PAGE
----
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The Collapse of the Third Republic

4.22  ·  Rating details ·  635 ratings  ·  54 reviews
On June 17, 1940 William L. Shirer stood in the streets of Paris and watched the unending flow of gray German uniforms along its boulevards. In just six lovely weeks in the spring and summer of 1940 a single battle brought down in total military defeat one of the world's oldest, greatest, and most civilized powers—the second mightiest empire on earth and the possessor of ...more
Paperback, 1082 pages
Published March 21st 1994 by Da Capo Press (first published 1959)
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Mikey B.
Nov 02, 2012 rated it it was amazing  ·  review of another edition
Shelves: world-war-ii, france
This is a monumental and very tragic account of the collapse of France. Unfortunately France’s democratic values failed to withstand the Nazi onslaught. Shirer illustrates how a democracy can become so self-absorbed that it fails to recognize the dangers on its very border. For a country in Europe, at that stage after the ending of the Great War – to ignore the latest military developments (airplanes, tanks) was a path to self-destruction.

Its’ unstable governments and prime ministerial
Aug 05, 2007 rated it it was amazing
I first read this in '97 in Japan, and I've just re-read it. It's great writing and even though it's 958 pages it's a page turner (for history dorks like me, anyways). There are a lot of parallels between the bitter rancour that was present in France in the Third Republic and our own time, but of course that's a common temptation for historians, to find evidence in others' catastrophes clues for one's own circumstance. In any case, Shirer's writing is accessible and his sources are impressive. ...more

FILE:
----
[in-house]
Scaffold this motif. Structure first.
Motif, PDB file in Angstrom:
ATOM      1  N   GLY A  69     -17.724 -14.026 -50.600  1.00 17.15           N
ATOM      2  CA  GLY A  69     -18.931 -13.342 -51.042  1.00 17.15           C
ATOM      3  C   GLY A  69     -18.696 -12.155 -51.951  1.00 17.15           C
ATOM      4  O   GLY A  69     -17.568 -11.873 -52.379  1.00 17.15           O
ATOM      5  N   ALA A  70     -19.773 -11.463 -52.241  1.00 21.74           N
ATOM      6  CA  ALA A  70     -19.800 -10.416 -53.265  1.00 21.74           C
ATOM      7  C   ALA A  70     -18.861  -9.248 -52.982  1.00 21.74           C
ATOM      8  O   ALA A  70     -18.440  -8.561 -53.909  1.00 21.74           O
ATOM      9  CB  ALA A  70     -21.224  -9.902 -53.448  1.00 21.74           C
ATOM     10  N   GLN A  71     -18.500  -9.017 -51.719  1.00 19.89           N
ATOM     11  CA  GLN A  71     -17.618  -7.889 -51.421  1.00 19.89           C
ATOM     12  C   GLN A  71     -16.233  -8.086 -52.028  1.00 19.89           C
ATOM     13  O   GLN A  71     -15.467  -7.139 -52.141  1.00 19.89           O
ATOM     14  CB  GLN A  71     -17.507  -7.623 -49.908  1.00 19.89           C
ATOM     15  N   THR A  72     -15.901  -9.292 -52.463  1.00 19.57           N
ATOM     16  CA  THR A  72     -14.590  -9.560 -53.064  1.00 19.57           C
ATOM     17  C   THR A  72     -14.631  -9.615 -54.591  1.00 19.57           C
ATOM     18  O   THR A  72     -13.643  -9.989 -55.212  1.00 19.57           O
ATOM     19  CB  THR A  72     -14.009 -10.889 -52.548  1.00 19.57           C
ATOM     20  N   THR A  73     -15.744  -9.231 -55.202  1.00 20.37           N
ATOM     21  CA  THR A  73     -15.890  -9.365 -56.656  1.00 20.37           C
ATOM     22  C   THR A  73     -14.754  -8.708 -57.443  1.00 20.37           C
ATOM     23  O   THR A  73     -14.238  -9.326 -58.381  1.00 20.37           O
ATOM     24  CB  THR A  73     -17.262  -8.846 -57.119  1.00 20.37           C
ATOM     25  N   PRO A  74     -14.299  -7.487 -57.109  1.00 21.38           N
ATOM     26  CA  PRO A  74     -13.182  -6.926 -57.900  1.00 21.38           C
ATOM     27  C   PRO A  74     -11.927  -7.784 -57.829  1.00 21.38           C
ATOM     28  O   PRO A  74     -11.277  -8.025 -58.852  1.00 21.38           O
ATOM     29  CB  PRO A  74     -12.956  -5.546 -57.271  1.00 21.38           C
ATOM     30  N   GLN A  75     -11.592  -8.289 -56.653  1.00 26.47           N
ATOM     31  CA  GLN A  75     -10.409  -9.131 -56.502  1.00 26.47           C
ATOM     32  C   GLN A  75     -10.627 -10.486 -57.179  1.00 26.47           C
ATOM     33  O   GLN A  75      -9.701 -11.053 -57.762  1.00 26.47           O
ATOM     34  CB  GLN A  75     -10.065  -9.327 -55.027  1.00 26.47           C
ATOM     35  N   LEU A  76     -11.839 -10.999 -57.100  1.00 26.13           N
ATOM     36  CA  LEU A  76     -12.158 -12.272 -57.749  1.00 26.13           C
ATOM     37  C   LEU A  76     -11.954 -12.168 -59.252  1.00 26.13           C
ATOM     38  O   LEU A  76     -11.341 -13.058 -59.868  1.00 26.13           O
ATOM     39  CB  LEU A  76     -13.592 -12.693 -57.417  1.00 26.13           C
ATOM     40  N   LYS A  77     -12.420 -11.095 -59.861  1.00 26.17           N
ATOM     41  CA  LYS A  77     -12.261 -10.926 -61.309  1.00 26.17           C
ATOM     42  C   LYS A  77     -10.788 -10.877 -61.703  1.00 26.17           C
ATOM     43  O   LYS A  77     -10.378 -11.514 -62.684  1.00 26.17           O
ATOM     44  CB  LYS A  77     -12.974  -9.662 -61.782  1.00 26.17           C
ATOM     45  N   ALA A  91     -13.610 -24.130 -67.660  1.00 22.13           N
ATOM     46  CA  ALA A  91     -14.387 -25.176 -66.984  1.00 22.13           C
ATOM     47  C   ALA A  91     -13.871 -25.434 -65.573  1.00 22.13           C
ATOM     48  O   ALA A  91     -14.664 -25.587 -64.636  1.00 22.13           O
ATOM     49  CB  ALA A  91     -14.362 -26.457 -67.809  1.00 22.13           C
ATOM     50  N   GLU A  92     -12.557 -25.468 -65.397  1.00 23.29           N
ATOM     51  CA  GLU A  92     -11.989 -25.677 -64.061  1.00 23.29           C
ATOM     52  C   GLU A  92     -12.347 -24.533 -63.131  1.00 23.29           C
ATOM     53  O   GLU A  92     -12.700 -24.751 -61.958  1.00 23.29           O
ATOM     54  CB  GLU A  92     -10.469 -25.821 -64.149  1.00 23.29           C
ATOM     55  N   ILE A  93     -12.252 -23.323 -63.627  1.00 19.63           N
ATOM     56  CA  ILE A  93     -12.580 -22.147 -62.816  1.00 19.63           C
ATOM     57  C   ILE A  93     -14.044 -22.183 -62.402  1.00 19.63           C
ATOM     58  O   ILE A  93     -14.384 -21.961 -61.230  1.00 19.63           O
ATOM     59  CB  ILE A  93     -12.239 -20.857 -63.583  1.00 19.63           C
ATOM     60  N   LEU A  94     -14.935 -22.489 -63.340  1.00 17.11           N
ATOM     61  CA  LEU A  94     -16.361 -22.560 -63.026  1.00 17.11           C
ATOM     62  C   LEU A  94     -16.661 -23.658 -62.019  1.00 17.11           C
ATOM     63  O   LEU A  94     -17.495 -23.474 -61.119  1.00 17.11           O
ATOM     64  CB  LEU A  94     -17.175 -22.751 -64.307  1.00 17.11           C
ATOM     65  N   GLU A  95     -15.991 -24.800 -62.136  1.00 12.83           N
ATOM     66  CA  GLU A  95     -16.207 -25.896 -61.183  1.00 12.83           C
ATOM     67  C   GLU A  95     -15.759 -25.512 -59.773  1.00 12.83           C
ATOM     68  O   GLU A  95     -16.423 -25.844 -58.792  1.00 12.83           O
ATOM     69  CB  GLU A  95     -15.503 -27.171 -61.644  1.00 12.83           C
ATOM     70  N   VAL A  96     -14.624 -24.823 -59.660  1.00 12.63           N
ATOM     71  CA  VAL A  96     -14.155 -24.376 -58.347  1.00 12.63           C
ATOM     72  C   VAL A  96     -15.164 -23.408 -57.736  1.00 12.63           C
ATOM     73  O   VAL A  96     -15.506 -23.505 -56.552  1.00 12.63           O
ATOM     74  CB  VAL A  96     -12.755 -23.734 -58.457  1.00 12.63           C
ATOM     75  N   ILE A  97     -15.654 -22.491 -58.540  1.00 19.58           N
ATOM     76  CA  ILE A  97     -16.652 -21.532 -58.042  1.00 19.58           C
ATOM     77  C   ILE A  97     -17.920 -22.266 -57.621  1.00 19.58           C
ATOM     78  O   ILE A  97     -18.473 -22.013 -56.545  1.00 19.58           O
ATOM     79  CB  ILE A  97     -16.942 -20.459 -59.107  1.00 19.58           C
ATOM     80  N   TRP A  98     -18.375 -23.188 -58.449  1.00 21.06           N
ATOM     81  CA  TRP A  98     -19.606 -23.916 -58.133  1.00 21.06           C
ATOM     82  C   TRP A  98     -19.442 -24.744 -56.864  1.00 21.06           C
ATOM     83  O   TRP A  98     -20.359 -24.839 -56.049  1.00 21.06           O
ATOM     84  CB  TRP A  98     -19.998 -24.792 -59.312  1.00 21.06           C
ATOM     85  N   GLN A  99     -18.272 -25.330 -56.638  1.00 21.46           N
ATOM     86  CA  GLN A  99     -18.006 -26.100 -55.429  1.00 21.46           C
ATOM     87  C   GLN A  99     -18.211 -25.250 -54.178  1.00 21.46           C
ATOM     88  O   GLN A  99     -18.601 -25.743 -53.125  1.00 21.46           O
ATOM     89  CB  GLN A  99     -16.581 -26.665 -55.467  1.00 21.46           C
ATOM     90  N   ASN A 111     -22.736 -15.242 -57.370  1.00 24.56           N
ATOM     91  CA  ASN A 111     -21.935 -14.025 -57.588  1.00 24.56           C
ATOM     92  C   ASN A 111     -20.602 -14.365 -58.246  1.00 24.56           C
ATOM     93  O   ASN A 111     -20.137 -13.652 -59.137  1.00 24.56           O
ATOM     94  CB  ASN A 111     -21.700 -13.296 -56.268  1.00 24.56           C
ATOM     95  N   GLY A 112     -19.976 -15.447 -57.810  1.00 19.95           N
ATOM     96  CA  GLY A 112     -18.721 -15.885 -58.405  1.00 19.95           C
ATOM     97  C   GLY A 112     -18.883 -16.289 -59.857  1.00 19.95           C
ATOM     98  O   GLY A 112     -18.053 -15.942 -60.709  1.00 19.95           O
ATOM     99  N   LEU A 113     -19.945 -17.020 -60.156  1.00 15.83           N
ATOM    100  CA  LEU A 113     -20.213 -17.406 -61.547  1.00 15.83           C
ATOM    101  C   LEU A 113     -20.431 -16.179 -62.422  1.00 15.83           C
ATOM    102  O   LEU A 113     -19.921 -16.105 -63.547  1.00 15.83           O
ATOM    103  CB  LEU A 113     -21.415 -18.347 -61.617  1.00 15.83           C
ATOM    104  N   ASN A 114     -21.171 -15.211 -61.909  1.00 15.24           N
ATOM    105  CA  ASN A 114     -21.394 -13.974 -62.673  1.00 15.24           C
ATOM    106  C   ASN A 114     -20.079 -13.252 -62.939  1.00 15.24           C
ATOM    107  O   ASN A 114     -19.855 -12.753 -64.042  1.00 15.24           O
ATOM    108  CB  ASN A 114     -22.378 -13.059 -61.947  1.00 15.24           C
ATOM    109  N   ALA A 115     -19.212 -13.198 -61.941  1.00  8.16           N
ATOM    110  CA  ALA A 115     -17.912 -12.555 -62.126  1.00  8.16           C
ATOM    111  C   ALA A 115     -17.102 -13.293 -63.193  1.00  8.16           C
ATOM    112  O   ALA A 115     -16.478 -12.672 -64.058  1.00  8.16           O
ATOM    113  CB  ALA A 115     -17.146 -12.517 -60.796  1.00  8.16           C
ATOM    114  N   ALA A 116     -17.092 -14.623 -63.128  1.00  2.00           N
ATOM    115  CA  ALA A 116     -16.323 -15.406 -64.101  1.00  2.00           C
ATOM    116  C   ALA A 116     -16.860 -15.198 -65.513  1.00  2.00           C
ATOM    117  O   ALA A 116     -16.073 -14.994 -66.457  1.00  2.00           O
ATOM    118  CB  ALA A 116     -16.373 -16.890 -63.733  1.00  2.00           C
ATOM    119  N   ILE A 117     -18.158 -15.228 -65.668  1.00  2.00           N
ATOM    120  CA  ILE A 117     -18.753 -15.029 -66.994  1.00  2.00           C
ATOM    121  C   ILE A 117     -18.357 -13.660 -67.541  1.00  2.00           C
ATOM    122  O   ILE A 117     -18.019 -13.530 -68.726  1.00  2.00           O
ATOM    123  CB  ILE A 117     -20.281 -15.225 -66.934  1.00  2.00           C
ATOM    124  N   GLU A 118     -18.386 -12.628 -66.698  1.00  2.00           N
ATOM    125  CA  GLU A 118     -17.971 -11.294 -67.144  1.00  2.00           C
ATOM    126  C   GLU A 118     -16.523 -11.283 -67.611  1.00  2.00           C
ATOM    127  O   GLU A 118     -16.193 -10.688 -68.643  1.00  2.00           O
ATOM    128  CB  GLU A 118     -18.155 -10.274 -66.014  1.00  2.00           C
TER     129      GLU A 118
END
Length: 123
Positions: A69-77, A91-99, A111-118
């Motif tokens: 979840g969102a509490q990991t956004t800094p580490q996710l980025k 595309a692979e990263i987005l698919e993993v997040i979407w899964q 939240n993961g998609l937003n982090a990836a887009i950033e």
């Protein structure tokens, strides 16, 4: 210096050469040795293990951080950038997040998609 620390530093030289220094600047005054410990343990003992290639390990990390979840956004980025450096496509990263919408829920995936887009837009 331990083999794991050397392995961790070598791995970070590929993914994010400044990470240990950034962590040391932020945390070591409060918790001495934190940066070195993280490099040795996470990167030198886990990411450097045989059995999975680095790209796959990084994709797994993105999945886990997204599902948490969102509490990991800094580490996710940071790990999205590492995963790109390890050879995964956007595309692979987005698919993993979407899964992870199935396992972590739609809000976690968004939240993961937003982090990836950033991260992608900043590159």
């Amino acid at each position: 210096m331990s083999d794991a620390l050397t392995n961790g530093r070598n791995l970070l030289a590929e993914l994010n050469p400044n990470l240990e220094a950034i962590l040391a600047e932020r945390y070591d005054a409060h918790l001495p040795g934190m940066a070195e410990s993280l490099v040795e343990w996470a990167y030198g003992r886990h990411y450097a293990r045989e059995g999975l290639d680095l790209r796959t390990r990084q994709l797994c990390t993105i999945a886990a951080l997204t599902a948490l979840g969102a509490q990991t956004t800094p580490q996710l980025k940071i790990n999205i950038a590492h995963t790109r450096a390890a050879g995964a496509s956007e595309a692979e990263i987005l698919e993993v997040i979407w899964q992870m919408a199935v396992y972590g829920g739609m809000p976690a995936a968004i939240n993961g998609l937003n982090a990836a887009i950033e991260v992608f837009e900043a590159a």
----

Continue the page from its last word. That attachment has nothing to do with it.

Jill Hutchinson
Sep 21, 2011 rated it it was amazing
This is a must read for the history buff and what better author to read than William Shirer who was an eye witness to the unfolding of WWII both in France and Germany.
The government of France was in shambles prior to WWII as various factions vied for power and when war raised its ugly head things went from bad to worse. Shirer, as usual, has done excellent research and this is an in-depth view of what was happening while the world was about to go up in flames.
Classic histories don't need long
Christopher Saunders
Oct 04, 2019 rated it really liked it  ·  review of another edition
Shelves: 2019-reads
William Shirer's The Collapse of the Third Republic is intended as a Gallic counterpart to his Rise and Fall of the Third Reich, chronicling the political, cultural and military factors that triggered France's shocking defeat to Germany in 1940. Shirer at least corrects some of the issues which make Reich such a problematic read: more time spent on political and cultural background, less knee-jerk judgments and generalizations about "national character." The book's best exploring the chaotic ...more
Mar 01, 2015 rated it really liked it  ·  review of another edition
Shelves: partial-read
Chapters 1-15
It’s tempting to read Shirer’s book and see the dysfunctions of the Third Republic in the contemporary United States. Or any democratic nation really. I think it’s best to resist this temptation.

Yes, like today’s democracies (pick one), France was riven by factions and seemingly incapable of responding to the most basic challenges. The citizens were jaded and felt alienated from the government and politicians. The elite made sure their positions were unchallenged and felt no